On Android, accidentally holding onto a reference such as to the Activity leads to out of memory crashes that can be hard to find showing the importance of item 7 of Joshua Bloch’s excellent book Effective Java.
One of the easiest ways to leak an activity on Android is with inner classes, especially the
Handler class. How to Leak a Context talks about this in a lot more detail as does AlertDialog causes a memory leak.
A less visible place memory leaks can occur is when using Butterknife in fragments as you must call
unbind. I wrote a small library to help detect scenarios like this when someone hasn’t called an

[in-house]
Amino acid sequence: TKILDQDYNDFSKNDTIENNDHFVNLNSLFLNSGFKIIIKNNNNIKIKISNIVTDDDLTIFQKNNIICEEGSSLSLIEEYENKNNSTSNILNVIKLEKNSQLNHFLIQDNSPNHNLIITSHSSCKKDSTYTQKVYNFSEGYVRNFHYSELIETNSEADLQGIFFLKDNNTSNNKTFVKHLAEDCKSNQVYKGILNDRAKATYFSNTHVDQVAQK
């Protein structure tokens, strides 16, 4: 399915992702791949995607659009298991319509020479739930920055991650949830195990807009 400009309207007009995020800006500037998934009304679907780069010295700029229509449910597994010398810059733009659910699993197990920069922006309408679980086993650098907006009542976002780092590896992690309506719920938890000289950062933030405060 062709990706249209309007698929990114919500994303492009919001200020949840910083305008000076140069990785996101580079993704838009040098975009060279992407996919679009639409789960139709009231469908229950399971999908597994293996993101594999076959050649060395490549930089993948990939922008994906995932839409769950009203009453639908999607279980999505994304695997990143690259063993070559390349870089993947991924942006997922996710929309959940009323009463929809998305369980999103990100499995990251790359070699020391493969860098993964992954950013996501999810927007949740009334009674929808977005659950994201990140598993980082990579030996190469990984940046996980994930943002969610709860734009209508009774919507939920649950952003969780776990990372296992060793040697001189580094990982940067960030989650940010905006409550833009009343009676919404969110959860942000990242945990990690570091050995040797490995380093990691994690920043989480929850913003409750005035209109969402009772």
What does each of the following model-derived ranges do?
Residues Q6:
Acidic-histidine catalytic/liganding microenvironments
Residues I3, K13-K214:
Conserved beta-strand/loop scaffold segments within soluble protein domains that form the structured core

unbind function so if you write APIs check out leaktracker.
On reading these articles, one tip you’ll hopefully see in common is to avoid inner classes. A nicety of Kotlin is by default nested classes are implicitly
static, whereas in Java they are not, significantly reducing the chances of some of these issues. To allow a nested class to reference its outer class, you explicitly add the
inner keyword. What you still have to be aware of though is that anonymous classes, and thus also lambdas, will hold a reference to their containing class.